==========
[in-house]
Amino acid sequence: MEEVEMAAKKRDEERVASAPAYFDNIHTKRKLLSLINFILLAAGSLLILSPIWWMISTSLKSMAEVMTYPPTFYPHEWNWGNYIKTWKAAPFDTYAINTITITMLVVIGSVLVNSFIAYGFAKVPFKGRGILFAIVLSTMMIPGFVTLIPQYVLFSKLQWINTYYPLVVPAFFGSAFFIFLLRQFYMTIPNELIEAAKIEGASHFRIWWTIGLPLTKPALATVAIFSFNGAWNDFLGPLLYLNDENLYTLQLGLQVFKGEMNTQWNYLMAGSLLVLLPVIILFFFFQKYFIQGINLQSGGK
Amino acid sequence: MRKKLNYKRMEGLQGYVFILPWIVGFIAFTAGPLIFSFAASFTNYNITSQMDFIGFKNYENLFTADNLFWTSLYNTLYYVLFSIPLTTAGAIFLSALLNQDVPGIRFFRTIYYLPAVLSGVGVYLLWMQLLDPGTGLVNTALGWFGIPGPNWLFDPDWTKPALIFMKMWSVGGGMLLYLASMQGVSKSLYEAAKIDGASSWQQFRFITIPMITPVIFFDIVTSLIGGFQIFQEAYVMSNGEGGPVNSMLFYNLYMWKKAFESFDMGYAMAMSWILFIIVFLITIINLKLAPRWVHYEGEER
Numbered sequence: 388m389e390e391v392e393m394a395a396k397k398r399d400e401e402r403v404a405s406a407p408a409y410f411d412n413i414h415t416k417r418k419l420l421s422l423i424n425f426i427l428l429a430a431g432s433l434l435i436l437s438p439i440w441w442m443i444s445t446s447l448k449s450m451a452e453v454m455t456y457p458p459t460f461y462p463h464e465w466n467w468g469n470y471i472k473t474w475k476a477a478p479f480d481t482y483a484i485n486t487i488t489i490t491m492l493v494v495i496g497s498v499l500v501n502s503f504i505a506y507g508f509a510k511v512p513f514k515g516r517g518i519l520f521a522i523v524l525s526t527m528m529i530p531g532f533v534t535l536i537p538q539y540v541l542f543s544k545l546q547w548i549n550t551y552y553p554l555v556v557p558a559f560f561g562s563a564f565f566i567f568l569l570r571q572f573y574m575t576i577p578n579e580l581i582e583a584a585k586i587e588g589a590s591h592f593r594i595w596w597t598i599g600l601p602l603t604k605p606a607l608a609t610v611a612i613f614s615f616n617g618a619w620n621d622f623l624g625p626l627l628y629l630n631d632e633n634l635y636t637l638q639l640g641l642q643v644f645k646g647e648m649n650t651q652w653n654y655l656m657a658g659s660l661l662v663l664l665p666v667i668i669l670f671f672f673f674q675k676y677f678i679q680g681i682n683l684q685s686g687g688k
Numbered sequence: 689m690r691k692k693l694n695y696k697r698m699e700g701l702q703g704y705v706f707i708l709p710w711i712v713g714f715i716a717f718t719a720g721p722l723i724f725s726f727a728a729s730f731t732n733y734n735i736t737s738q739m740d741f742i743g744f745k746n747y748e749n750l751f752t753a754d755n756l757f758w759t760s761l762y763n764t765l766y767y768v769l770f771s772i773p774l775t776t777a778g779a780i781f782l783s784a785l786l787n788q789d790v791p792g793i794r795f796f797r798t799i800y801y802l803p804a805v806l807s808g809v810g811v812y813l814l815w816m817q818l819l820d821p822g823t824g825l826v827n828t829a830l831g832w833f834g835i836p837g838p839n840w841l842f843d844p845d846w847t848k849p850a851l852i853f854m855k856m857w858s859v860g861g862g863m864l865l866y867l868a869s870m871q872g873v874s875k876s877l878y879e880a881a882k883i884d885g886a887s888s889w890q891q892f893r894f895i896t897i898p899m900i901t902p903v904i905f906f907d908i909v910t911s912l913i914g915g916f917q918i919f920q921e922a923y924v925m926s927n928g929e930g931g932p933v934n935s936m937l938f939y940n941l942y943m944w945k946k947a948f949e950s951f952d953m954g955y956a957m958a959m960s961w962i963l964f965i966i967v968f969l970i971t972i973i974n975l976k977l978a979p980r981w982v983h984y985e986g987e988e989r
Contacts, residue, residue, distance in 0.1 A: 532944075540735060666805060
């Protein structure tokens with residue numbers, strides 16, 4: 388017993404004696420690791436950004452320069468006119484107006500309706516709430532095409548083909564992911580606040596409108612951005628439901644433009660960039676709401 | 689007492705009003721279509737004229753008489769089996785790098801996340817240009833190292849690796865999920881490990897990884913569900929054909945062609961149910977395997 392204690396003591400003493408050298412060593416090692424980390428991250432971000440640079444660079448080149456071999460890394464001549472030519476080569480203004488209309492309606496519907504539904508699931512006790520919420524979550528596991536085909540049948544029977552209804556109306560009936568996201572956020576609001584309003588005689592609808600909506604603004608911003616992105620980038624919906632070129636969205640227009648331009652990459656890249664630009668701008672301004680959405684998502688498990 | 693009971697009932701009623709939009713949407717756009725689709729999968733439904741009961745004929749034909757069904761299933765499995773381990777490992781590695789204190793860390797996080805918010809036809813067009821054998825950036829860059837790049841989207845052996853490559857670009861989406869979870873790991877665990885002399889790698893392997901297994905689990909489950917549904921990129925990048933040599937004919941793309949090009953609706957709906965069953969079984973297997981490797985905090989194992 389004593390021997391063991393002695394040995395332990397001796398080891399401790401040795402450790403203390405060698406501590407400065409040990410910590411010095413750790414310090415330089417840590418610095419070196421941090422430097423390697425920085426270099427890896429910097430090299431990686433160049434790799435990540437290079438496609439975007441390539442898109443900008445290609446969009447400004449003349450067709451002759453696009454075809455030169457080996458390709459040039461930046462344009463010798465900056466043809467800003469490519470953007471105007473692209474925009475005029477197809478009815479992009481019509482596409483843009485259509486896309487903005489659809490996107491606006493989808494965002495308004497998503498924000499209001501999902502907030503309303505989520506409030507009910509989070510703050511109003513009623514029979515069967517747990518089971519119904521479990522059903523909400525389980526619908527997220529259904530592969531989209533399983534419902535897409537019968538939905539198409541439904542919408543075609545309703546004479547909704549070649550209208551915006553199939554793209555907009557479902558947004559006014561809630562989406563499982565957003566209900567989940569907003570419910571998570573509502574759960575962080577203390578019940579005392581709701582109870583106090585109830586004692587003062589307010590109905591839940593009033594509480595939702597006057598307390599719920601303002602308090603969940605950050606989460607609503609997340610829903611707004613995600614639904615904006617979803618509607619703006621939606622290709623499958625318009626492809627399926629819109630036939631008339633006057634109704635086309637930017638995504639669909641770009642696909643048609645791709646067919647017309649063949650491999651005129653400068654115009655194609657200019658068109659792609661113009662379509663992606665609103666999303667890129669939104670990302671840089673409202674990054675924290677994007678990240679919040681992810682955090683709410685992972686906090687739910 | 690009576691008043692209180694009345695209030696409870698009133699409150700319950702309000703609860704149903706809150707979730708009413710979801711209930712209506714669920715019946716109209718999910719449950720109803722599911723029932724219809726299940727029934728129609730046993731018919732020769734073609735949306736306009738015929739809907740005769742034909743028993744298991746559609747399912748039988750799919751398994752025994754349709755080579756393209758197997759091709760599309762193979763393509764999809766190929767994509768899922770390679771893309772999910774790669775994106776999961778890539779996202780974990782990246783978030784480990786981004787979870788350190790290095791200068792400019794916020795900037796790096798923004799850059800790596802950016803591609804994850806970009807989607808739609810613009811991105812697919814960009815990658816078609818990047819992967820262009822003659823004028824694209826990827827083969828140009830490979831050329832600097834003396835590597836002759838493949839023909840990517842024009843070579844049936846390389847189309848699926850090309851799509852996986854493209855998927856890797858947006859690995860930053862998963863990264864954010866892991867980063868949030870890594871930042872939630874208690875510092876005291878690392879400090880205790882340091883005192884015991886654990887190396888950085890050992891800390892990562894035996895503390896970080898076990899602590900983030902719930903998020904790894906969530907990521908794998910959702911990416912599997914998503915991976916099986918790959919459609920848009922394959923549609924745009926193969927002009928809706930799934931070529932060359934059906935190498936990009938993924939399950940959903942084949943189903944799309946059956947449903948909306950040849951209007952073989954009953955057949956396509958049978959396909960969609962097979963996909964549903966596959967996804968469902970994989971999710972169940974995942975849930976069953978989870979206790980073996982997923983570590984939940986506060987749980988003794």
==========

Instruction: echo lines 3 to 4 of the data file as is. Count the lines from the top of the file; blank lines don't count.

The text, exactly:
Amino acid sequence: MRKKLNYKRMEGLQGYVFILPWIVGFIAFTAGPLIFSFAASFTNYNITSQMDFIGFKNYENLFTADNLFWTSLYNTLYYVLFSIPLTTAGAIFLSALLNQDVPGIRFFRTIYYLPAVLSGVGVYLLWMQLLDPGTGLVNTALGWFGIPGPNWLFDPDWTKPALIFMKMWSVGGGMLLYLASMQGVSKSLYEAAKIDGASSWQQFRFITIPMITPVIFFDIVTSLIGGFQIFQEAYVMSNGEGGPVNSMLFYNLYMWKKAFESFDMGYAMAMSWILFIIVFLITIINLKLAPRWVHYEGEER
Numbered sequence: 388m389e390e391v392e393m394a395a396k397k398r399d400e401e402r403v404a405s406a407p408a409y410f411d412n413i414h415t416k417r418k419l420l421s422l423i424n425f426i427l428l429a430a431g432s433l434l435i436l437s438p439i440w441w442m443i444s445t446s447l448k449s450m451a452e453v454m455t456y457p458p459t460f461y462p463h464e465w466n467w468g469n470y471i472k473t474w475k476a477a478p479f480d481t482y483a484i485n486t487i488t489i490t491m492l493v494v495i496g497s498v499l500v501n502s503f504i505a506y507g508f509a510k511v512p513f514k515g516r517g518i519l520f521a522i523v524l525s526t527m528m529i530p531g532f533v534t535l536i537p538q539y540v541l542f543s544k545l546q547w548i549n550t551y552y553p554l555v556v557p558a559f560f561g562s563a564f565f566i567f568l569l570r571q572f573y574m575t576i577p578n579e580l581i582e583a584a585k586i587e588g589a590s591h592f593r594i595w596w597t598i599g600l601p602l603t604k605p606a607l608a609t610v611a612i613f614s615f616n617g618a619w620n621d622f623l624g625p626l627l628y629l630n631d632e633n634l635y636t637l638q639l640g641l642q643v644f645k646g647e648m649n650t651q652w653n654y655l656m657a658g659s660l661l662v663l664l665p666v667i668i669l670f671f672f673f674q675k676y677f678i679q680g681i682n683l684q685s686g687g688k